Using the States (States et al. 1982) or States-TPPI (Marion et al. 1989) protocol the two quadrature components are represented by cosine and sine modulated datasets. In this case, both components generate an absorption mode spectrum, but without sign discrimination. The random phase detection (RPD) approach, demonstrated using MaxEnt reconstruction (Maciejewski et al. 2011) acquires one phase component for each time-point, selecting either the cosine or sine component at random. This approach is equally possible with standard CS reconstruction solving (6) where \({\mathbf{b}}\) represents cosine/sine type data (see Results).

Phase modulated quadrature detection (gradient-enhanced spectroscopy)

In contrast, phase modulated data obtained from gradient coherence order selection experiments shows frequency encoding either as \({ \exp }\left( { - i\Omega t_{n} } \right)\), N-type (echo) or \({ \exp }\left( { + i\Omega t_{n} } \right)\), P-type (anti-echo) coherence, where \(\Omega\) is the offset frequency and \(t_{n}\) the time-evolution in the \(n^{\text{th}}\) indirect dimension. Such datasets give rise to frequency discriminated spectra with each sub-type generating peaks with a phase-twist lineshape i.e. a mixture of absorptive and dispersive components, unsuitable for high-resolution NMR work. Acquiring both components and converting them via linear combination to amplitude-modulated data (\(S_{ \cos }\) and \(S_{ \sin }\)) generates pure absorption spectra (Davis et al. 1992):
$$\begin{aligned} &S_{ \cos } \left( t \right) = \left( {{ \exp }\left( {i\Omega t} \right) + { \exp }\left( { - i\Omega t} \right)} \right)/2 = \left( {S_\text{P} + S_\text{N} } \right)/2 \hfill \\ & S_{ \sin } \left( t \right) = \left( {{ \exp }\left( {i\Omega t} \right) - { \exp }\left( { - i\Omega t} \right)} \right)/2i = \left( {S_\text{P} - S_\text{N} } \right)/2i \hfill \\ \end{aligned}$$
(11)
Random acquisition of either the P-type or N-type component for each time increment is also possible, but this cannot be processed using the standard CS approach due to the intense artifacts generated by the phase-twist lineshape. However, (11) represents a linear transformation of the P-/N-type data. Therefore, this transformation can be built into the compressed sensing reconstruction by introducing an additional matrix, \({\mathbf{U}}\), which converts data of the form \(S_{ \cos } ,S_{ \sin }\) to \(S_\text{P} ,S_\text{N}\) at each iteration, ensuring that the reconstructed frequency domain data at each iteration, \({\mathbf{x}}\), is constrained via the \(\ell_{2}\)-norm term to the raw P-/N-type data, \({\mathbf{b}}_\text{PN}\). Equation (6) is reformulated to include this function:
$$\mathop {\hbox{min} }\limits_{{\mathbf{x}}} {||\mathbf{x}||}_{1} \varvec{ }{\text{subject to}}\,\varvec{ }{||\mathbf{UAx}} - {\mathbf{b}}_{\text{PN}}||_{2} \le\delta$$
(12)

With this formulation the spectrum is only compared with the components of the P-/N-type data that were sampled. We solve (12) using an iterative thresholding (IT) implementation (Bostock et al. 2012). The modified algorithm, CSRQD, is able to reconstruct data with RQD-sampled gradient-selected time domains as purely absorptive, frequency-discriminated, high resolution spectra.

Of course, NMR experiments that include pulse sequence elements that are generally known by the description of ‘sensitivity enhanced’ or ‘preservation of equivalent pathways (PEP)’ (Cavanagh et al. 1991) that result in the transfer of both orthogonal coherence components modulated by the chemical shift during an evolution period are also suited to RQD and can be reconstructed by CSRQD in analogy to the approach described here for P-/N-type RQD data. This applies also to any single transition-to-single transition polarization transfer (ST)2PT experiments e.g. the [1H,15N]-TROSY implementations used in this work. Hence, any strict interpretation of the P-/N-type, gradient-selection or phase modulation terminologies employed throughout this contribution should be relaxed to encompass any of the latter experiment types.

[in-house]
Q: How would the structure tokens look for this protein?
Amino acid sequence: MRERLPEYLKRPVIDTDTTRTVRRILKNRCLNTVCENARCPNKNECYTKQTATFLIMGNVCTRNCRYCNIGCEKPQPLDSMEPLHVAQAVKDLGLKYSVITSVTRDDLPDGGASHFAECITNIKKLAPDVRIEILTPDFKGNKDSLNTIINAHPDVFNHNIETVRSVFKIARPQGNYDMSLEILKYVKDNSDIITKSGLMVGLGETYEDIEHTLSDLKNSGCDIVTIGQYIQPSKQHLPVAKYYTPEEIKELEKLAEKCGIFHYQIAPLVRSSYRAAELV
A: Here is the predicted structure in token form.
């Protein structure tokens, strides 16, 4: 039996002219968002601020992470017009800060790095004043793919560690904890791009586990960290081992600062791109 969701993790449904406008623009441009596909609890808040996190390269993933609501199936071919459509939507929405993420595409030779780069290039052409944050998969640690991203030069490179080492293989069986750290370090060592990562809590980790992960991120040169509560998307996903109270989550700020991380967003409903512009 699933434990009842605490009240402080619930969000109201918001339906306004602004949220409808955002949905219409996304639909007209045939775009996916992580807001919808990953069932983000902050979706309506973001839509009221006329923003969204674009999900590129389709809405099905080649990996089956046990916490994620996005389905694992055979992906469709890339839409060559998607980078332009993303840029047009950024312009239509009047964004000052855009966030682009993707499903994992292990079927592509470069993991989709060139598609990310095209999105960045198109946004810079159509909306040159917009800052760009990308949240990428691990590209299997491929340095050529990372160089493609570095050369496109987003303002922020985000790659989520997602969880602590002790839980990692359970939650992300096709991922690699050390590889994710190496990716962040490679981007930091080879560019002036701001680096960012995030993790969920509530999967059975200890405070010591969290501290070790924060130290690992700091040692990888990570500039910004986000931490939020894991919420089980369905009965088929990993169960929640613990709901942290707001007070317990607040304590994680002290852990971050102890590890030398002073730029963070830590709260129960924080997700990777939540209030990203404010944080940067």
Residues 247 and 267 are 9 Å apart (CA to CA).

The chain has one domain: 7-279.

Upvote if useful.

Methods

NMR spectroscopy

NMR experiments were recorded on a Bruker Avance AVIII 800 spectrometer operating at a 1H frequency of 800 MHz, equipped with a 5 mm TXI HCN/z cryoprobe. Data were collected at 298 K on samples that varied in concentration from 0.4 mM for 15N-labeled RalA-GDP, 0.3 mM for U-[2H,15N] Ala-[13CH3] [2H,13C,15N] Ile δ1-[13CH3] Leu,Val-[pro-(R),(S)-13CH3,12CD3]-pSRII to 0.25 mM for U-[2H,13C,15N]-labeled S195A-human factor IX. Experiments were recorded as gradient-enhanced implementations of 2D [1H,15N]-BEST TROSY (Lescop et al. 2010), 3D [1H,15N]-BEST TROSY HNCACB (Solyom et al. 2013) and 4D HCCH NOESY (Tugarinov et al. 2005). The key acquisition parameters for each of the experiments that generated the spectra shown in the Figures are given in Tables S1–6. For comparative purposes the individual experiments within the 2D, 3D and 4D series were recorded for equal lengths of time.

Time domain sampling

Evolution times in the indirect dimensions were either sampled in full or using NUS. The NUS sampling schemes were generated using ScheduleTool software (Maciejewski et al. n.d.) or custom written scripts and were either exponentially biased, based on estimates of the expected R 2 values for the indirect dimensions 1H (4D), 13C (3D, 4D) and 15N (2D) or randomly sampled for the constant time 15N (3D) evolution period.

Frequency discrimination

For data sets with fully sampled and full-component NUS sampled indirect time domains, frequency discrimination in each indirect dimension was obtained either in full quadrature for every sampled time point through recording of both components i.e. P-type and N-type components in the case of phase modulation and gradient coherence order selection (Davis et al. 1992) or cosine and sine modulated components for amplitude modulated dimensions in States-TPPI fashion (States et al. 1982; Marion and Wüthrich 1983). In the case of random quadrature detection (RQD), for every sampled time point, only one quadrature component for all indirect dimensions was recorded, reducing the size of the data matrix to 1/2 (2D), 1/4 (3D) or 1/8th (4D) of the hypercomplex matrix and enabling a corresponding increase in acquired time points compared to the same total size of the matrix using full-component NUS. The quadrature component that was recorded was selected in a random manner, using in-house written scripts. Control over the quadrature component to be recorded was obtained via the Bruker VCLIST utility in Topspin. Representative RQD sampling schemes for 2D and 3D experiments are shown in Fig. S1.